This article is an adaptation from a section of Sharif Rahman’s latest book which concluded his detailed explanation on gold’s multitude of failures. His latest book is titled, “Kegagalan Emas Sebagai Matawang” and is sure an exciting read because he also took the time to explain the justice of “interest”.
Ever wonder why the money in your hand is considered valuable, even if the paper it’s printed on is just that, mere pieces of beautiful paper? Many gold bugs made the silly accusation that these pieces of paper have no value and are no match when compared to their shiny gold bars and coins. They claimed that the Ringgit’s value is simply being dictated by the government and the government is forcing the people to accept it. Thus the typical word they used to badmouth the currency is “fiat”. Fiat means decree, and a long time ago, that was the case. However today, our paper money is no longer a mere fiat currency, it is a currency that is soundly backed, and the backing is far superior to using gold as the support.
In 1971, President Richard Nixon bravely defied these gold bugs and decided to go for an entirely different backing for the United States’s Dollar. The result was a better world, a world which has achieved economic growth unparallel at any time of human’s history on this planet. Gold was relegated into the pariah of money; it is no longer needed, and is only being kept because of its shininess. Since then, the gold bugs predicted that the paper money system would crash and fail, and each time, they were proven wrong. To understand why they were wrong, one need to understand what is actually backing paper currencies the world over.
When a house is built and then the house is to be sold by the owner, money would be demanded from the central bank. This money is then printed and then given to the house’s owner, in exchange to the house’s title. This very swap powers the issued money and gives it its backing. The issued paper money is backed by the built house. Such a simple concept and straight to the point, yet why would anyone then wants a shiny useless piece of metal to sit in between of the two? Wouldn’t that bring a whole array of possible problems? What if there is a shortage of the metal? What would happen to the valuation and trade? All of these issues had been encountered repeatedly in the past under the old economic system and gold has created so much misery, that in the end it is best if gold is removed.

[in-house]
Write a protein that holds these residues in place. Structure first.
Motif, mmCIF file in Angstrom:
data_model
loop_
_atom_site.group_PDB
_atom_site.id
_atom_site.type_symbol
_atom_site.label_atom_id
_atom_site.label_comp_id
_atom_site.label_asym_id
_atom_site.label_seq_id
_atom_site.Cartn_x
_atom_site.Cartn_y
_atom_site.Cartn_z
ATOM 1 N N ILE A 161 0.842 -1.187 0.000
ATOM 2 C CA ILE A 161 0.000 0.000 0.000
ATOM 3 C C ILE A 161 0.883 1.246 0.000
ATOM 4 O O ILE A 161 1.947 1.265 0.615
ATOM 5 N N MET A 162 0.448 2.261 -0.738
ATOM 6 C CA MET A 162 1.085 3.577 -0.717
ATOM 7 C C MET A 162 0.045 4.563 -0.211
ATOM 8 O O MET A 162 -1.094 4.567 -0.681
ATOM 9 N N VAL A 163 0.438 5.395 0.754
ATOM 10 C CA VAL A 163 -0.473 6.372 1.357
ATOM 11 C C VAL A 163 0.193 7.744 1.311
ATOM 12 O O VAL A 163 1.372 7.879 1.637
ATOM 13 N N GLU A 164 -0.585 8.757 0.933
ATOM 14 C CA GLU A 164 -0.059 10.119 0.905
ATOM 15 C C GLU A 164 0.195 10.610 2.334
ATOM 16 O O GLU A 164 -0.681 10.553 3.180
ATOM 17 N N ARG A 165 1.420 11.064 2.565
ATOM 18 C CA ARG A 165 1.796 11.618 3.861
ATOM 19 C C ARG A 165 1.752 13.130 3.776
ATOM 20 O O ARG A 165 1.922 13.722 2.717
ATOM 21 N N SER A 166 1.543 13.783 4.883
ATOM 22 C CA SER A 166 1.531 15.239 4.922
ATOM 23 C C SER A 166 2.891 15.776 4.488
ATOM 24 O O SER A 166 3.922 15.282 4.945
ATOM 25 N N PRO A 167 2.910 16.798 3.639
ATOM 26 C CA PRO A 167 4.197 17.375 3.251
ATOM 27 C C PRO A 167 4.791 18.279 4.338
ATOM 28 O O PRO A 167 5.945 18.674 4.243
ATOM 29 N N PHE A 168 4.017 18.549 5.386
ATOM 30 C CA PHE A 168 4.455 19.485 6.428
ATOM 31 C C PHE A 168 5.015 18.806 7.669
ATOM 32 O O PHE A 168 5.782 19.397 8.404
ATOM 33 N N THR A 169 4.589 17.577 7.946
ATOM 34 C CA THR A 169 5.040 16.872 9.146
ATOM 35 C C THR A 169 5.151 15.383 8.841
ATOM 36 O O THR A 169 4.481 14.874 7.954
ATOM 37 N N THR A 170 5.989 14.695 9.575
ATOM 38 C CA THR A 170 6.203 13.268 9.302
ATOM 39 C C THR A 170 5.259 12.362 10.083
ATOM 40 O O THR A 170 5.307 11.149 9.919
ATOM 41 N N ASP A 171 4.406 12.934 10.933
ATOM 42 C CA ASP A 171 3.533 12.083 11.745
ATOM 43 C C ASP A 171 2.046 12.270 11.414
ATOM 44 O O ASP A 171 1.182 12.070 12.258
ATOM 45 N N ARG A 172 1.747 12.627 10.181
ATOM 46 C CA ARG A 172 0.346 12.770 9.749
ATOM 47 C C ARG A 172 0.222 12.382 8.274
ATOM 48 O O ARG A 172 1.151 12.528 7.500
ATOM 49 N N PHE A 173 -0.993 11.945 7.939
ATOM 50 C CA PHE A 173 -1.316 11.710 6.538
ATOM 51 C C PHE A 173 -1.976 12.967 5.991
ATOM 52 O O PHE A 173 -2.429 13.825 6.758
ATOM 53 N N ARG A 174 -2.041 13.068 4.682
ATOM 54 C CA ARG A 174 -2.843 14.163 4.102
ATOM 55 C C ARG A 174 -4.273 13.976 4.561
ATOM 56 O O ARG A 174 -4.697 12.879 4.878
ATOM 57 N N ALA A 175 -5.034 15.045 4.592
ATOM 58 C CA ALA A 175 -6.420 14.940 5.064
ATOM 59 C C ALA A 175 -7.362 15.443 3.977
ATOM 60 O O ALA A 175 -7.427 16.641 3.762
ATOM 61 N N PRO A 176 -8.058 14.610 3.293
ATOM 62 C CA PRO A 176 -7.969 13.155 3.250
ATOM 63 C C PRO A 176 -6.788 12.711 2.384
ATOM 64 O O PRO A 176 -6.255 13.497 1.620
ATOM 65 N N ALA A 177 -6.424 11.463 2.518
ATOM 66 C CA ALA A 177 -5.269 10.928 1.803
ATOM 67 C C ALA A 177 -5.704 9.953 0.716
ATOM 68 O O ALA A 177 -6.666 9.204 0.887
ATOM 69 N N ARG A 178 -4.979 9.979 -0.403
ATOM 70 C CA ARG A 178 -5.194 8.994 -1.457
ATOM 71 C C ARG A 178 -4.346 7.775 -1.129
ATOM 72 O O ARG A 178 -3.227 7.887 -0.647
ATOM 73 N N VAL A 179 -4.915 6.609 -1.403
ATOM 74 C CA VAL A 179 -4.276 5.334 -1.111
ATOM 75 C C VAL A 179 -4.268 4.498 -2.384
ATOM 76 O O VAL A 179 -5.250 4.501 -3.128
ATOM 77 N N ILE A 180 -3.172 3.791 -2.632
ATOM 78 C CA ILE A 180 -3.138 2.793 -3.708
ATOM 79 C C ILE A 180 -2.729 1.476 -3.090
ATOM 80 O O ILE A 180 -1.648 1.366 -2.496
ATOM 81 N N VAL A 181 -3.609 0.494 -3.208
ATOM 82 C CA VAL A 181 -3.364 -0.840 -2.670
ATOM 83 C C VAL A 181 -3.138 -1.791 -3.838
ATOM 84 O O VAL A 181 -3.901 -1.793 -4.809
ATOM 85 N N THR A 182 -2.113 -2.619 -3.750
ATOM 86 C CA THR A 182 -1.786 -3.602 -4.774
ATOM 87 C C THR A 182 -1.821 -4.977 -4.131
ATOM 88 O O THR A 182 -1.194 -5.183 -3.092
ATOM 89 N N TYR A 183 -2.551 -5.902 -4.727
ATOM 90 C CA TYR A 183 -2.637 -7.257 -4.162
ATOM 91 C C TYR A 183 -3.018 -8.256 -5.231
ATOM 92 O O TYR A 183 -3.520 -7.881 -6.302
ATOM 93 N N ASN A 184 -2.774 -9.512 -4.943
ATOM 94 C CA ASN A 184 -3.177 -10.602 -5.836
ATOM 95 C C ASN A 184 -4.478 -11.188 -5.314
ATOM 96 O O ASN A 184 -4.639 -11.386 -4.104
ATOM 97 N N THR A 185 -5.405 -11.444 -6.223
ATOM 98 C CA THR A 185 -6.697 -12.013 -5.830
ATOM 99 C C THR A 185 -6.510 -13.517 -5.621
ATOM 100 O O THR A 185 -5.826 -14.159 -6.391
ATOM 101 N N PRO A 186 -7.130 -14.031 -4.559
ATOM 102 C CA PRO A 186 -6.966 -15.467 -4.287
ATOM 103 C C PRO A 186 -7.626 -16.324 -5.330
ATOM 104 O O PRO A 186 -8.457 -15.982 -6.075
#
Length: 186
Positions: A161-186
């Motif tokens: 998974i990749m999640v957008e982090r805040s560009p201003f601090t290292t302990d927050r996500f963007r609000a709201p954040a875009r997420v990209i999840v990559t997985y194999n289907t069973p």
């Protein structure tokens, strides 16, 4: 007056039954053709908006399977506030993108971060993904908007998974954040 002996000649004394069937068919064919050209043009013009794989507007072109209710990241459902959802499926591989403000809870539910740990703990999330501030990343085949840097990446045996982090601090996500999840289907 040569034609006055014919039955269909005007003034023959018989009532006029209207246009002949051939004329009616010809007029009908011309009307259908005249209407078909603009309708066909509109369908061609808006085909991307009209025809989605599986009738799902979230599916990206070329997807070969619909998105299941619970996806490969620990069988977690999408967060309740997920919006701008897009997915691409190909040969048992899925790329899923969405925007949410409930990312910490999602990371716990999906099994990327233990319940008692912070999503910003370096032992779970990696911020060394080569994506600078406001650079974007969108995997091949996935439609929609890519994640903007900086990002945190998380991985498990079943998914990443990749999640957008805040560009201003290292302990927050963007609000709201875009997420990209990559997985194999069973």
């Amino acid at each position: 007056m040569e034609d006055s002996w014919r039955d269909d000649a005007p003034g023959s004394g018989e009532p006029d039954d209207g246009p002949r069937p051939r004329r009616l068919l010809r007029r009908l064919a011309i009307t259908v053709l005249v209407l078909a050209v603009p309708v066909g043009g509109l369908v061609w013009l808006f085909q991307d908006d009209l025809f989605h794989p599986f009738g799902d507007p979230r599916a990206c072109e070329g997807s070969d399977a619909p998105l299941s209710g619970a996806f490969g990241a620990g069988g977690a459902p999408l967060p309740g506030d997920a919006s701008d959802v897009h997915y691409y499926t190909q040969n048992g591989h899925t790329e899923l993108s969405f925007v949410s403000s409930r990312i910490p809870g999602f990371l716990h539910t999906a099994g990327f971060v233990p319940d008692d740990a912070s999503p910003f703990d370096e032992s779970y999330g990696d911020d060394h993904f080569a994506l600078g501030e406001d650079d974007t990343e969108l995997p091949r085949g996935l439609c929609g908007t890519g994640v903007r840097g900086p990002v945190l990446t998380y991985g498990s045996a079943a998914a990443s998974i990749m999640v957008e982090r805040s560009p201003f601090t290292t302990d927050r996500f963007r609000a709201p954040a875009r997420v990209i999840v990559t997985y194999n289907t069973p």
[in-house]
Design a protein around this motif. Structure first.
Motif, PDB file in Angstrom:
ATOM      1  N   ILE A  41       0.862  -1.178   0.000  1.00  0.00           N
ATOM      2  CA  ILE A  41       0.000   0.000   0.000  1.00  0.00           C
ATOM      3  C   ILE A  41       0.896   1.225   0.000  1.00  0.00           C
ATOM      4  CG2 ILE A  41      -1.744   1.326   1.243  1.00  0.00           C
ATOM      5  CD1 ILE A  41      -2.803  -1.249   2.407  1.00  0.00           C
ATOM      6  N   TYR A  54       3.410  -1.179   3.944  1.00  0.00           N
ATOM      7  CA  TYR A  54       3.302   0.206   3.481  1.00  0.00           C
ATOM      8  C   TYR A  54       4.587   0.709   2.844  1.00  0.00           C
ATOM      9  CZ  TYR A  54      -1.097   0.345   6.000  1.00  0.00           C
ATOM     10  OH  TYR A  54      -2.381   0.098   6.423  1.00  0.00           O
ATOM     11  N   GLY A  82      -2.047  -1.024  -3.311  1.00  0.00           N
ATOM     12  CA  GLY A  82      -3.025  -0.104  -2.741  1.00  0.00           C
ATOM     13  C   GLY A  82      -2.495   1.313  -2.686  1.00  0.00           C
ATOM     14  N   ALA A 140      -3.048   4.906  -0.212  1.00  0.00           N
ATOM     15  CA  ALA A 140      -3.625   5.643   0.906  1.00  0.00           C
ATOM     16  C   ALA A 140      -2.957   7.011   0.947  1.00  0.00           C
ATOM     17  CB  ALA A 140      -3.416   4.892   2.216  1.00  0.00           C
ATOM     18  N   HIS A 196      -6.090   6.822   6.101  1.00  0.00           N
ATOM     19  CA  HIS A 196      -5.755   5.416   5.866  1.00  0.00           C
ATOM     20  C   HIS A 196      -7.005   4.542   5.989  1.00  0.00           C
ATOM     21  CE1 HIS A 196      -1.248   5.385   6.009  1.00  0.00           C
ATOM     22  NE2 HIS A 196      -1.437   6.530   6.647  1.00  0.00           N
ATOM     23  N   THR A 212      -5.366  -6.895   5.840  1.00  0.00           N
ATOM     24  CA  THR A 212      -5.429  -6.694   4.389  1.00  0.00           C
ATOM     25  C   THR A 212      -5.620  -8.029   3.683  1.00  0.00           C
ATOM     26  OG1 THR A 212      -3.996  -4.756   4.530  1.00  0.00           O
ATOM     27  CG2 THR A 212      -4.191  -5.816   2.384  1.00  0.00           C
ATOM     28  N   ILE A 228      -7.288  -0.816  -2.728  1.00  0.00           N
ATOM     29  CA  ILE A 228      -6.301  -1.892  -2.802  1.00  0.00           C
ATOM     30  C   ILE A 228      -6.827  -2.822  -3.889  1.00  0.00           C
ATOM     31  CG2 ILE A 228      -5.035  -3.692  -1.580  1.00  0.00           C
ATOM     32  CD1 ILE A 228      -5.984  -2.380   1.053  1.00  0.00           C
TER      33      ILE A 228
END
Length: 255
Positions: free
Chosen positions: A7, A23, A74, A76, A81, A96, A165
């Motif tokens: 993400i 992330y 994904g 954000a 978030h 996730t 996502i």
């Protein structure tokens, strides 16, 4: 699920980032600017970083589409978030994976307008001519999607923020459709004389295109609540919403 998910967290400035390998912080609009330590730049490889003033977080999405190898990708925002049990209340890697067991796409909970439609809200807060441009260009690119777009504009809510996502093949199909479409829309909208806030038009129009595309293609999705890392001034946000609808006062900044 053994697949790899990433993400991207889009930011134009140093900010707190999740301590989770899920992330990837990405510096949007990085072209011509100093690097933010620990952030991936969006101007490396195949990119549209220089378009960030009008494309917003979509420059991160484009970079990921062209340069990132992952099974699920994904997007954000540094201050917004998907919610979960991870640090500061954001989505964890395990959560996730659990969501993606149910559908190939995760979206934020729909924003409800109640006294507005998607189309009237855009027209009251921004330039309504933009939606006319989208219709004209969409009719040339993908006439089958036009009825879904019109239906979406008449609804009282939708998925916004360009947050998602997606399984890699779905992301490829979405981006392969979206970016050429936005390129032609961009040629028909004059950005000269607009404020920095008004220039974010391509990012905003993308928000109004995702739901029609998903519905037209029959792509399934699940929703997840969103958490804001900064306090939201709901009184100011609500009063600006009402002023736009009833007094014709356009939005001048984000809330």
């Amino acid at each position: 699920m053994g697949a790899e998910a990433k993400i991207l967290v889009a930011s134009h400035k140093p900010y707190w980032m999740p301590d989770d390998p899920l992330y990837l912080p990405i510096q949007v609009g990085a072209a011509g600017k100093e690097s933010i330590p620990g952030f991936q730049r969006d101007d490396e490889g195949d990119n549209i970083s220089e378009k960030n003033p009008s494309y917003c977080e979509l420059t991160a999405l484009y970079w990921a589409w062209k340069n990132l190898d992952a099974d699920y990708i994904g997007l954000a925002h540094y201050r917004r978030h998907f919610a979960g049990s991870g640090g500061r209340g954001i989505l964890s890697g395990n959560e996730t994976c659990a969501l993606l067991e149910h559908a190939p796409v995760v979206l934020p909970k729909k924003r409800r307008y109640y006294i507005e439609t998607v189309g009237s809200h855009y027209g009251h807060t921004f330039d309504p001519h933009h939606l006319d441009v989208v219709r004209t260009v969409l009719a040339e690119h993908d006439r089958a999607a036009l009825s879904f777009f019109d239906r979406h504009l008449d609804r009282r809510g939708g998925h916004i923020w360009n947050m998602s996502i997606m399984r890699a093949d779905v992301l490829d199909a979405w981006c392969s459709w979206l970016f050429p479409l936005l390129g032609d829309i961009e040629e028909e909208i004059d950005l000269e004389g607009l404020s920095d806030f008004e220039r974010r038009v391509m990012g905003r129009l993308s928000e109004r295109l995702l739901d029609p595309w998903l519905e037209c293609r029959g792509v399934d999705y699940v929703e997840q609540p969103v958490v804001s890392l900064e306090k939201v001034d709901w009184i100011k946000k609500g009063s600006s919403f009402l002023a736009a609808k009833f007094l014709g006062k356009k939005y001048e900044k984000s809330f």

Each issued piece of paper money is backed by asset in the economy. These assets are far more valuable and far better than gold. Gold has no value of its own. In fact, gold was shown to steal from other objects their intrinsic values, and implanted it into itself. If you have created new wealth in the economy such as a new house or a new invention, why would the gold bugs describe your creation as value-less unless some gold is also attached to it? And if no gold could be found, your creation would be considered as “not wealth”. In fact you may not be able to trade without gold, which demeans the creation and the sweat of human beings everywhere.
Gold bugs love to say that paper money is only good for toilet paper, but do you notice that they only accept paper money in all of their gold trades? In fact they will probably clean any paper money of feces should they found some in the toilets! Who wouldn’t want free money right?
How much money was printed so far in Malaysia? To be precise, how much paper money was printed and then circulated into the economy? Based on 2013 data, there were 62 billion Ringgit worth of combined Ringgit in circulation in Malaysia. This sounds like a lot, but it is really not. On average, it is barely RM2,000 per capita and is really not that much, considering a typical monthly salary of RM3,000 or more, per capita. If everyone’s receiving RM3,000 in salary on average every single month (actual average salary is much higher as per Dept of Statistics), why there is only RM2,000 of paper Ringgit in circulation, per person at all times?
To answer this question, one must take into account the velocity of money, as it travel from hands to hands, person to person and one also must take into account the fact that most of their monthly salary is paid directly into their bank accounts, which do not require paper ringgit to be printed and circulated, until it is actually withdrawn. Not everyone would withdraw their money in its entirety the day they receive their salary; most people withdraw in small amounts, over a period of time. It is clear that money is only printed, when it is demanded, not based on statistics or other assumptions. And the swap will occur only when real asset is presented.